Statistical books , Product code: KS-HA-16-001, published on 14-Sep-2016

Statistical information is an important tool for understanding and quantifying the impact of political decisions in a specific territory or region. The Eurostat Regional yearbook 2016 gives a detailed picture relating to a broad range of statistical topics across the regions of the EU Member States

Statistical books , Product code: KS-HA-15-001, published on 09-Oct-2015

Statistical information is an important tool for understanding and quantifying the impact of political decisions in a specific territory or region. The Eurostat Regional Yearbook 2015 gives a detailed picture relating to a broad range of statistical topics across the regions of the Member States

Statistical books , Product code: KS-GP-15-001, published on 25-Jun-2015

EURONA – an open access, peer-reviewed, scholarly journal on concepts, techniques, standards, methods and practices on National Accounts and macroeconomic indicators, which aims to bring together users, producers and researchers in the field. In this first issue of 2015, four articles offer thought-provoking views on a wide range of subjects, including natural capital accounts, government finance statistics, goodwill and seasonal adjustment.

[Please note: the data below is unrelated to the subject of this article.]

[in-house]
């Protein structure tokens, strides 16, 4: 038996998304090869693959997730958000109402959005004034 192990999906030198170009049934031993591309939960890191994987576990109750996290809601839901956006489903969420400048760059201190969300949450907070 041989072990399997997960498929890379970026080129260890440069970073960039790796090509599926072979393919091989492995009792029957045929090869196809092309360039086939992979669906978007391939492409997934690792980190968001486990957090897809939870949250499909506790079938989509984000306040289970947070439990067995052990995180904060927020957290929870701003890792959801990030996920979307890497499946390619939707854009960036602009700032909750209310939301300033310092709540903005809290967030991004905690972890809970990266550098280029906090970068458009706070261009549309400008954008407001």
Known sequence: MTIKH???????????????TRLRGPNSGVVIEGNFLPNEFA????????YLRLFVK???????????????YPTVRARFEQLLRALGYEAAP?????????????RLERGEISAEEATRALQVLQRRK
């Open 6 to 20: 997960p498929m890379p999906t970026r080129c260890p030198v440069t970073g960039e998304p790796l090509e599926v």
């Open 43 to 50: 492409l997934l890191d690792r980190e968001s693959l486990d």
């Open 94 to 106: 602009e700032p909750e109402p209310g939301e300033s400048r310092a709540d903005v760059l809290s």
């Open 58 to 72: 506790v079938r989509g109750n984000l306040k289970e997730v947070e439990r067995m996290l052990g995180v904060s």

Statistical books , Product code: KS-GP-13-002, published on 17-Dec-2014

of the national accounts in Europe 24 EURONA — Eurostat Review on National Accounts and Macroeconomic Indicators Figure 13: Revisions to non-financial corporations’ profit shares by country (%) 5. The impact of ESA 2010 on government deficit and debt data This section presents the most important

Manuals and guidelines , Product code: KS-GQ-16-003, published on 29-Jun-2016

Requirements EDP tables, questionnaire tables and other related data Timeliness: T+3 months; Periodicity: B Candidate countries are required to deliver EDP notifications on a best effort basis. 4. Methodology ESA2010 and legal acts above Manual on government deficit and debt, Eurostat 2016

Compact guides and catalogues , Product code: KS-FM-13-005, published on 13-Mar-2013

Statistics Explained is an official Eurostat website presenting all statistical topics in an easily understandable way. This publication presents a glossary of terms included in Statistics Explained in December 2012. Volume 5 contains all terms A to E in all available languages.

Compact guides and catalogues , Product code: KS-76-06-324, published on 30-May-2007